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Building a SharePoint Knowledge Base: FAQs and Bots

By Cathy Dew on January 16, 2018

The type of Knowledge Base is driven by the type of data you are presenting

In our last couple of articles, we talked through the basics of a SharePoint Knowledge Base, including the core benefits of creating one and how you can share knowledge throughout your organization. Additionally, we provided an overview of creating custom lists and how they are base for building out different knowledge base options.

Once you get the basics of building custom lists in SharePoint, you can configure them as an FAQ. An FAQ is an extremely common type of resource in a knowledge base. Having an FAQ section on your intranet can make it easy for employees to find answers to their questions without asking colleagues or supervisors. It’s a time saver, a productivity booster, and all-around beneficial feature for virtually any enterprise to have.

 

Creating an FAQ with SharePoint Custom Lists

Most of the time, adding a list to a SharePoint site is simple because Microsoft has already done the heavy lifting for you. The template is already there, which means the functionality of the list has been predetermined. All you need to do is name the list and tweak a few settings.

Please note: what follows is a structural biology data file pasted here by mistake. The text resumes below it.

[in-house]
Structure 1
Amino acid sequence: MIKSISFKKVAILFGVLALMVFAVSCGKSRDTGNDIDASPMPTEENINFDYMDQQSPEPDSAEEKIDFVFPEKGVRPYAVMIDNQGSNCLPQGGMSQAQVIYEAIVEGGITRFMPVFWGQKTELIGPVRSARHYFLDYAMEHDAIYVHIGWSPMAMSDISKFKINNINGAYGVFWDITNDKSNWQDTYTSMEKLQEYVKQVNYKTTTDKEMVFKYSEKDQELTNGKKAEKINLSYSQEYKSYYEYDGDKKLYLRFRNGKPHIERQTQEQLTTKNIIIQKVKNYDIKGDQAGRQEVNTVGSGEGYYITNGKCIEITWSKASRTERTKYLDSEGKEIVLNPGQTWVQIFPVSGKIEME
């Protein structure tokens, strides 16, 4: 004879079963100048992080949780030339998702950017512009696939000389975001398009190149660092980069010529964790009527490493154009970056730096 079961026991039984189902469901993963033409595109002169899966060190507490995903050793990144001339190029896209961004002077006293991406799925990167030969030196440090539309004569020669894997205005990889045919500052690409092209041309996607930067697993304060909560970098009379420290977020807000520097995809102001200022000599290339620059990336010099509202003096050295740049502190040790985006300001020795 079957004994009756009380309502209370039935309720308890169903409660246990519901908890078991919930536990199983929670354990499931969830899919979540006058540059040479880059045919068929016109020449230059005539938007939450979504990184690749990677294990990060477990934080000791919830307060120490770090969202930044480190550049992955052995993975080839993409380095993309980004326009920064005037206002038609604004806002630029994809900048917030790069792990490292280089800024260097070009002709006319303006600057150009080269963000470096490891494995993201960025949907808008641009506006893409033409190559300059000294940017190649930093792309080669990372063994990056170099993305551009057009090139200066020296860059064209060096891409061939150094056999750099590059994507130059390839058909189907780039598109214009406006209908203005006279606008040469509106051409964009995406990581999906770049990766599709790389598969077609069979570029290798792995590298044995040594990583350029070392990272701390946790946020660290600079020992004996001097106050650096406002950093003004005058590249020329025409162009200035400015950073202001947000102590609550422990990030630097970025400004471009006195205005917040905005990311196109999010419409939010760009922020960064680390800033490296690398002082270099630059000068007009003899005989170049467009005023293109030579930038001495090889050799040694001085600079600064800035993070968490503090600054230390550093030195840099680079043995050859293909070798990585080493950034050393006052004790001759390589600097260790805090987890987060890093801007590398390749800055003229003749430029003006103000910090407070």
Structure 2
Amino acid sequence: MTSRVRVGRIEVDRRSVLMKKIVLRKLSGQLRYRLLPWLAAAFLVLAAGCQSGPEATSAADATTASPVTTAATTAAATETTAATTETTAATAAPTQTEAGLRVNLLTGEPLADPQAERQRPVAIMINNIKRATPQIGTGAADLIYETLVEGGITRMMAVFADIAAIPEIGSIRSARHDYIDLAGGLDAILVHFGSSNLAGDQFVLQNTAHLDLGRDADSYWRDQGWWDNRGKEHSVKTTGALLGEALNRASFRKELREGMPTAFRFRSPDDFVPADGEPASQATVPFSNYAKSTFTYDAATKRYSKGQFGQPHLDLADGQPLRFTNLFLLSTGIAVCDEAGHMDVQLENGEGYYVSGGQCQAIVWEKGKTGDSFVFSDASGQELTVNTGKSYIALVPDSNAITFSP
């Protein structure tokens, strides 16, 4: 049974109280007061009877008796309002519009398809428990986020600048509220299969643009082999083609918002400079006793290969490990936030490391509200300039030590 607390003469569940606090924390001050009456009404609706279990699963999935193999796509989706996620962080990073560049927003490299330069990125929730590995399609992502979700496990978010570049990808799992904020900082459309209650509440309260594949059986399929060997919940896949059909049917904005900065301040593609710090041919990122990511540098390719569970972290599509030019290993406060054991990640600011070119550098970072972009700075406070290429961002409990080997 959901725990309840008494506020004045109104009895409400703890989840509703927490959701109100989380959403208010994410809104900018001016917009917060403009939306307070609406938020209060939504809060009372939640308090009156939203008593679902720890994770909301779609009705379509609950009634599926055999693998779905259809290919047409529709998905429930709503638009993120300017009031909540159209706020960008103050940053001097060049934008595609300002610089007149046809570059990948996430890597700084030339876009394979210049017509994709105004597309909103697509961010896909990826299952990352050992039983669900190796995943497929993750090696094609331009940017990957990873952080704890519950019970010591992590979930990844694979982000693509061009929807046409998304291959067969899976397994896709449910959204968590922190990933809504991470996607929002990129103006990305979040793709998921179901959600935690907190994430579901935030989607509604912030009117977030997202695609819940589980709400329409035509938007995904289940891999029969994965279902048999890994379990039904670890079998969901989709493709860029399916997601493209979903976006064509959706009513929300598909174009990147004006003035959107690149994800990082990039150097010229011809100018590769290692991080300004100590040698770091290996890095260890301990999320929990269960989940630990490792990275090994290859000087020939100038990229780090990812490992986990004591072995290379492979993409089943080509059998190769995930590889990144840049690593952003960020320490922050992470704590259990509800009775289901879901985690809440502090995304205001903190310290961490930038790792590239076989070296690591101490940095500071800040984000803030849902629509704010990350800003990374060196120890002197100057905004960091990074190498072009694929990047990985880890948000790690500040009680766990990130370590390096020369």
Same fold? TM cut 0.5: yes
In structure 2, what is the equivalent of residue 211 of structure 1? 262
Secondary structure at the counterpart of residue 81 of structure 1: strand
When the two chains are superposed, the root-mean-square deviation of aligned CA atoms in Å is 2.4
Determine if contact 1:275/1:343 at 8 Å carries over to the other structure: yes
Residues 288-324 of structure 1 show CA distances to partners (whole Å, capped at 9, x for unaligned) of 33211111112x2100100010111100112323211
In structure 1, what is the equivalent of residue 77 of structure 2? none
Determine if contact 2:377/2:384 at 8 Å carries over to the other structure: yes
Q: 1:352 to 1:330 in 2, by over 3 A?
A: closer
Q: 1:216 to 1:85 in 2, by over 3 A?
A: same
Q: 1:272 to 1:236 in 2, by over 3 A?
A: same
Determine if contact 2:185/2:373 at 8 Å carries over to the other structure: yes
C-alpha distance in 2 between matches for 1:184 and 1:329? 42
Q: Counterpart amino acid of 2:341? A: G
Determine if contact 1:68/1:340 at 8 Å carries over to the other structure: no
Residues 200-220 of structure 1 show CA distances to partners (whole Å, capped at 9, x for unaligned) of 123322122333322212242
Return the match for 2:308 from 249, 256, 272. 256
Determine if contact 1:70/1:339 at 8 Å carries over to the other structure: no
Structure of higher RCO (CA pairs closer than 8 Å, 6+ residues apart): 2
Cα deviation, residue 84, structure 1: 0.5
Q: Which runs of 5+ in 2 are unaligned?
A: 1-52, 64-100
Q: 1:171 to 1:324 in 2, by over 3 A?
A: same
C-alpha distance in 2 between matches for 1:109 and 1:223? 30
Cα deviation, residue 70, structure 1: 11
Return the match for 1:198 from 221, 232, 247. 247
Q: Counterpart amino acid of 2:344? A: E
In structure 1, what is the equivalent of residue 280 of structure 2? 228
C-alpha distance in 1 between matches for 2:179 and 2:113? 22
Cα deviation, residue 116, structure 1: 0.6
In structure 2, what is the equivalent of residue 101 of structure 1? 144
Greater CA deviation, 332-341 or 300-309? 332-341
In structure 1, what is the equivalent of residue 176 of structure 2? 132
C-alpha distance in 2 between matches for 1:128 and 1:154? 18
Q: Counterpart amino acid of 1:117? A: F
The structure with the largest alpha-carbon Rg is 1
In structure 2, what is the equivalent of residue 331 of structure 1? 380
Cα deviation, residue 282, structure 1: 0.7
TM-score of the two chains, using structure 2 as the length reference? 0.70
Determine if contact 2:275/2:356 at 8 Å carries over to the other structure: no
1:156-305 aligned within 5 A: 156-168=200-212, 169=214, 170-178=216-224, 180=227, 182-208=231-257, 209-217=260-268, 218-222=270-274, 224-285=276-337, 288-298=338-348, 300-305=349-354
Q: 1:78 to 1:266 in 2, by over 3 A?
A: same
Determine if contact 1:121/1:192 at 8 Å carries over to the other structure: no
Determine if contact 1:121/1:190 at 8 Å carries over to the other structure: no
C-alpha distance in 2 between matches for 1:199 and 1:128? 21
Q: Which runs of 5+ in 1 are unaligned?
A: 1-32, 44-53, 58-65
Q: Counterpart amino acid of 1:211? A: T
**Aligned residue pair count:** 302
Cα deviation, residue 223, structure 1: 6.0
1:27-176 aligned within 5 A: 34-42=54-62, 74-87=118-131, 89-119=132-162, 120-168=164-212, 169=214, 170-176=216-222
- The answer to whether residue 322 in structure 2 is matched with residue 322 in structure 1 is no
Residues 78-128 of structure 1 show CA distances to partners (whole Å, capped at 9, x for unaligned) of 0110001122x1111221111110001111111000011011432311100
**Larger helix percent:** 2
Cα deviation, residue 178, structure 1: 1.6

If what you want to do is build an FAQ for your SharePoint Knowledge Base, though, you will need to do just a little more work to customize a functional template for the job. Follow the steps above to create a custom list. You should be able to find the “Custom List” template from the “Apps you can add” menu. The steps for creating the list will be the same as with any other template. There will just be more customization steps for you to go through once you’ve created the list.

Name your list “FAQ,” “Q&A,” or “Frequently Asked Questions” (or whatever you want to call it) and click the “Create” button. Once you’ve done so, you should be taken to the list view, where you can edit individual columns. The sky is the limit with custom lists, which means you can do as much customizing as you want at this stage. An FAQ is maybe the single easiest type of custom list to create in SharePoint because you only need two columns. By default, there will only be one column on your list. Rename the column to “Question”. Then add the second column, name it “Answer”, and select “Multiple lines of text” as the column type.